A pathogenic haplotype, common in Europeans, causes autosomal recessive albinism and uncovers missing heritability in OCA1

Karen Grønskov*, Cathrine Jespersgaard, Gitte Hoffmann Bruun, Pernille Harris, Karen Brøndum-Nielsen, Brage S. Andresen, Thomas Rosenberg

*Corresponding author for this work

Research output: Contribution to journalJournal articleResearchpeer-review

258 Downloads (Pure)

Abstract

Oculocutaneous albinism (OCA) is a genetically heterogeneous disorder. Six genes are associated with autosomal recessive OCA (TYR, OCA2, TYRP1, SLC45A2, SLC24A5 and LRMDA), and one gene, GPR143, is associated with X-linked ocular albinism (OA). Molecular genetic analysis provides a genetic diagnosis in approximately 60% of individuals with clinical OA/OCA. A considerably number of the remaining 40% are heterozygous for a causative sequence variation in TYR. To identify missing causative sequence variants in these, we used a NGS based approach, genotyping and segregation analysis. We report two putative pathogenic haplotypes which only differ by two extremely rare SNVs, indicating that the haplotypes have a common derivation. Both haplotypes segregate consistent with an autosomal recessive inheritance pattern and include the allele p.S192Y-p.R402Q. An explanation for the pathogenicity of the haplotypes could be the combination of p.S192Y and p.R402Q. Homozygosity for the pathogenic haplotypes causes a partial albinism phenotype. In our cohort, 15% of affected individuals had a molecular genetic diagnosis involving the pathogenic haplotype. Consequently, the prevalence of albinism seems to be substantially underestimated, and children with unexplained bilateral subnormal vision and/or nystagmus should be analysed clinically and molecularly for albinism.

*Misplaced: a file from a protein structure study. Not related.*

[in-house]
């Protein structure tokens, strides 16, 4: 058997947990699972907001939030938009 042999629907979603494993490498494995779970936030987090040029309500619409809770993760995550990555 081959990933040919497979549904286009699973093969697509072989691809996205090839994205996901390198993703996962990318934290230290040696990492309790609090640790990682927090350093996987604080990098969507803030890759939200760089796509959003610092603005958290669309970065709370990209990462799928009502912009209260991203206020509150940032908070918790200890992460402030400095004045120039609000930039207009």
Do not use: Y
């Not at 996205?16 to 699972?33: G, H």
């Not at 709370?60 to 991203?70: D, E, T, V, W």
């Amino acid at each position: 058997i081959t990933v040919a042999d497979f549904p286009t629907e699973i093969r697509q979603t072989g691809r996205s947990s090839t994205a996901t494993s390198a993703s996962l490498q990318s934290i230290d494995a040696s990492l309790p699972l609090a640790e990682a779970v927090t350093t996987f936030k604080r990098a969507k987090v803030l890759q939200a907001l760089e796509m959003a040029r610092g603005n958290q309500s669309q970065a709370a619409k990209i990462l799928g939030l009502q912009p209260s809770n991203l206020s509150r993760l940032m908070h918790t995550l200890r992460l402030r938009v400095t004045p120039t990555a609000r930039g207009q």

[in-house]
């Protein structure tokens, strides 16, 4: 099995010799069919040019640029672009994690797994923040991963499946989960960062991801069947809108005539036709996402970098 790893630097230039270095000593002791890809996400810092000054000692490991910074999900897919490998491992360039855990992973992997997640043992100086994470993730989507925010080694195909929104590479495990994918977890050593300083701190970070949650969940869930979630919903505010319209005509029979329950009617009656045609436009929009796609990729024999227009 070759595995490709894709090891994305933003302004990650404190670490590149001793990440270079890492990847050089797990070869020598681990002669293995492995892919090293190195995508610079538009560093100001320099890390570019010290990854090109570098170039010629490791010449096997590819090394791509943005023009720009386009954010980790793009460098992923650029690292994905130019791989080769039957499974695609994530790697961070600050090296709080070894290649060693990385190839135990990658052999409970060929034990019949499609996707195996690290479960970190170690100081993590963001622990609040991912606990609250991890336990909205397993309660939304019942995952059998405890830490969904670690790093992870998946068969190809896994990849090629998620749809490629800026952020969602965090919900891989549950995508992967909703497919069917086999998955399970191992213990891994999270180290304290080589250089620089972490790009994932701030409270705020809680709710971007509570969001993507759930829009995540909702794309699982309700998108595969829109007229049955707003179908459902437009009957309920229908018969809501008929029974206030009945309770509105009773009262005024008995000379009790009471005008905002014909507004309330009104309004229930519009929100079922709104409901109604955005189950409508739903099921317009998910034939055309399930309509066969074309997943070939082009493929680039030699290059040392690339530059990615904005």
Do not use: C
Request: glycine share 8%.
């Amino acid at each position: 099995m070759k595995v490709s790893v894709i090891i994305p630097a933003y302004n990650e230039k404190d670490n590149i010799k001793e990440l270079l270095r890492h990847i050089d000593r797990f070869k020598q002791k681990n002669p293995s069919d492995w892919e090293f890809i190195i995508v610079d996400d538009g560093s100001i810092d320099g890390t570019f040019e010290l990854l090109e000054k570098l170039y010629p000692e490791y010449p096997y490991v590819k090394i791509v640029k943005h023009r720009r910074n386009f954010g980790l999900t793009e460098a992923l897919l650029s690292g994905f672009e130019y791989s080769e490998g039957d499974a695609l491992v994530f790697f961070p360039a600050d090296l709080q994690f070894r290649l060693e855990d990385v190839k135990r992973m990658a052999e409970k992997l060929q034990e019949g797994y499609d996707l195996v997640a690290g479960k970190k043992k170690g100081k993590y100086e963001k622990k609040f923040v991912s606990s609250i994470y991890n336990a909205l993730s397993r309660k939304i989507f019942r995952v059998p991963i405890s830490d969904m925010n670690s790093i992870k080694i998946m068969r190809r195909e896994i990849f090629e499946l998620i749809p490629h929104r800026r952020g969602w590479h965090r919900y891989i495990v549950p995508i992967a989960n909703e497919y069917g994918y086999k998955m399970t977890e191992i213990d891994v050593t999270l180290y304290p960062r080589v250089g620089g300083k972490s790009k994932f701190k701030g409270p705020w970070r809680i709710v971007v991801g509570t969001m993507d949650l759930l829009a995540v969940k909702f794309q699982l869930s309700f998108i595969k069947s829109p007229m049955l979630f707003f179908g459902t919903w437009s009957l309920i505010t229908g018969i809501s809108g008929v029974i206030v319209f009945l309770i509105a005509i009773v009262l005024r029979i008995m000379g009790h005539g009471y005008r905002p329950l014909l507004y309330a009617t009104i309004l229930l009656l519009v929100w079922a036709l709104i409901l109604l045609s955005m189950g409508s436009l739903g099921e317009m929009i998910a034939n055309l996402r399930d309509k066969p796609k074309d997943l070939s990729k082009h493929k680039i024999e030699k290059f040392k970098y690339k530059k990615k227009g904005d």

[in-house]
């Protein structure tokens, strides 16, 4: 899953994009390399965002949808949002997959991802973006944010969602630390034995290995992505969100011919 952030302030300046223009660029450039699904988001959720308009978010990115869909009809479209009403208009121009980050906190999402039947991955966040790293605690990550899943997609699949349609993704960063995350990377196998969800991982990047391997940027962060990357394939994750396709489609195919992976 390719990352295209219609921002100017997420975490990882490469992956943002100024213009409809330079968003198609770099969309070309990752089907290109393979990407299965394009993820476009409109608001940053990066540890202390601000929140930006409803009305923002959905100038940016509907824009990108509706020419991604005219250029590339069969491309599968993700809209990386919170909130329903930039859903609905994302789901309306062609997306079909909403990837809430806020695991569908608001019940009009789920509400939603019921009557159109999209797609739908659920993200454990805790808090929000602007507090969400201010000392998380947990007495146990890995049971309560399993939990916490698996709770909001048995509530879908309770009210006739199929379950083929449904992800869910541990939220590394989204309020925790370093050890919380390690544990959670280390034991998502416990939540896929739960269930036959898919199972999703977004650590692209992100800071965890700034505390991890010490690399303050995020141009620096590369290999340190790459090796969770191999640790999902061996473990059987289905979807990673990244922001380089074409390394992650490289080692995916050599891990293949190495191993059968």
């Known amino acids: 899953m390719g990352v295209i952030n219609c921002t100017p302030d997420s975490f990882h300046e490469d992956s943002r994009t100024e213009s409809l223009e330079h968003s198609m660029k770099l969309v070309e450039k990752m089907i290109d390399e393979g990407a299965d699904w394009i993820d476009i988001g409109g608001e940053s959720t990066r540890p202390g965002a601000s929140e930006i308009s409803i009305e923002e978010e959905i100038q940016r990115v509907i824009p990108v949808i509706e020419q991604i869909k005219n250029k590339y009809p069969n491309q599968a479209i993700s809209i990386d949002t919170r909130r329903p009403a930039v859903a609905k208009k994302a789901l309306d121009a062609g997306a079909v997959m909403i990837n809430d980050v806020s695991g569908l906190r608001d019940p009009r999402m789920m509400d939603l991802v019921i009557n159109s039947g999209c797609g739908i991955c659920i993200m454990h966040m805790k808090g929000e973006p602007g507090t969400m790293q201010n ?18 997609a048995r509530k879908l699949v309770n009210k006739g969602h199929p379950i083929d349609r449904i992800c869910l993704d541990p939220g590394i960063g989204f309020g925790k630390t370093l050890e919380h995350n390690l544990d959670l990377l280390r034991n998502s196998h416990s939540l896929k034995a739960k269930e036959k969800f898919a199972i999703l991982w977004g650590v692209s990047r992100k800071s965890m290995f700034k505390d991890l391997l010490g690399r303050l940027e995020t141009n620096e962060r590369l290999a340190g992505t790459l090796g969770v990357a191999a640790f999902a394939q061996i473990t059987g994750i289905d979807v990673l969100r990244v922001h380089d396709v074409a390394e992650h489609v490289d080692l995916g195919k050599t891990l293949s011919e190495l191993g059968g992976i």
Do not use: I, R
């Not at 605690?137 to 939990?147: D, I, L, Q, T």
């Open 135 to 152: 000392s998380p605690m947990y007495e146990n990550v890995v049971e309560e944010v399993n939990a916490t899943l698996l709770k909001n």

Original languageEnglish
Article number645
JournalScientific Reports
Volume9
Issue number1
Number of pages7
ISSN2045-2322
DOIs
Publication statusPublished - 2019

Fingerprint Dive into the research topics of 'A pathogenic haplotype, common in Europeans, causes autosomal recessive albinism and uncovers missing heritability in OCA1'. Together they form a unique fingerprint.

Cite this